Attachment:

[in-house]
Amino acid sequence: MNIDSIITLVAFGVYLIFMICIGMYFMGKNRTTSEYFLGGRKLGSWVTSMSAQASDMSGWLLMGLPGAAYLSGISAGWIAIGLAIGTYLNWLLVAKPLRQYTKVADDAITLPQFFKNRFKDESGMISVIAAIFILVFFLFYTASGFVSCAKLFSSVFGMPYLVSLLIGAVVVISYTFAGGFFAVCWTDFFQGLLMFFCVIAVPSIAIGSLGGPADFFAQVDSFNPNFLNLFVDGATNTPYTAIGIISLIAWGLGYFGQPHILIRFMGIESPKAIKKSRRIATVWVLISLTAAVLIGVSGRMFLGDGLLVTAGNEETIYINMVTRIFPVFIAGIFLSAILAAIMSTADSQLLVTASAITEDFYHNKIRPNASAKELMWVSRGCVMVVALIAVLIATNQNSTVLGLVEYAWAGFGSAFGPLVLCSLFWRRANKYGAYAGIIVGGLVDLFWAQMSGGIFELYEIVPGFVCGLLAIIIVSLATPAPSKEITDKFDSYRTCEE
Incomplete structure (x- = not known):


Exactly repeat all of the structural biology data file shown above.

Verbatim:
[in-house]
Amino acid sequence: MNIDSIITLVAFGVYLIFMICIGMYFMGKNRTTSEYFLGGRKLGSWVTSMSAQASDMSGWLLMGLPGAAYLSGISAGWIAIGLAIGTYLNWLLVAKPLRQYTKVADDAITLPQFFKNRFKDESGMISVIAAIFILVFFLFYTASGFVSCAKLFSSVFGMPYLVSLLIGAVVVISYTFAGGFFAVCWTDFFQGLLMFFCVIAVPSIAIGSLGGPADFFAQVDSFNPNFLNLFVDGATNTPYTAIGIISLIAWGLGYFGQPHILIRFMGIESPKAIKKSRRIATVWVLISLTAAVLIGVSGRMFLGDGLLVTAGNEETIYINMVTRIFPVFIAGIFLSAILAAIMSTADSQLLVTASAITEDFYHNKIRPNASAKELMWVSRGCVMVVALIAVLIATNQNSTVLGLVEYAWAGFGSAFGPLVLCSLFWRRANKYGAYAGIIVGGLVDLFWAQMSGGIFELYEIVPGFVCGLLAIIIVSLATPAPSKEITDKFDSYRTCEE
Incomplete structure (x- = not known):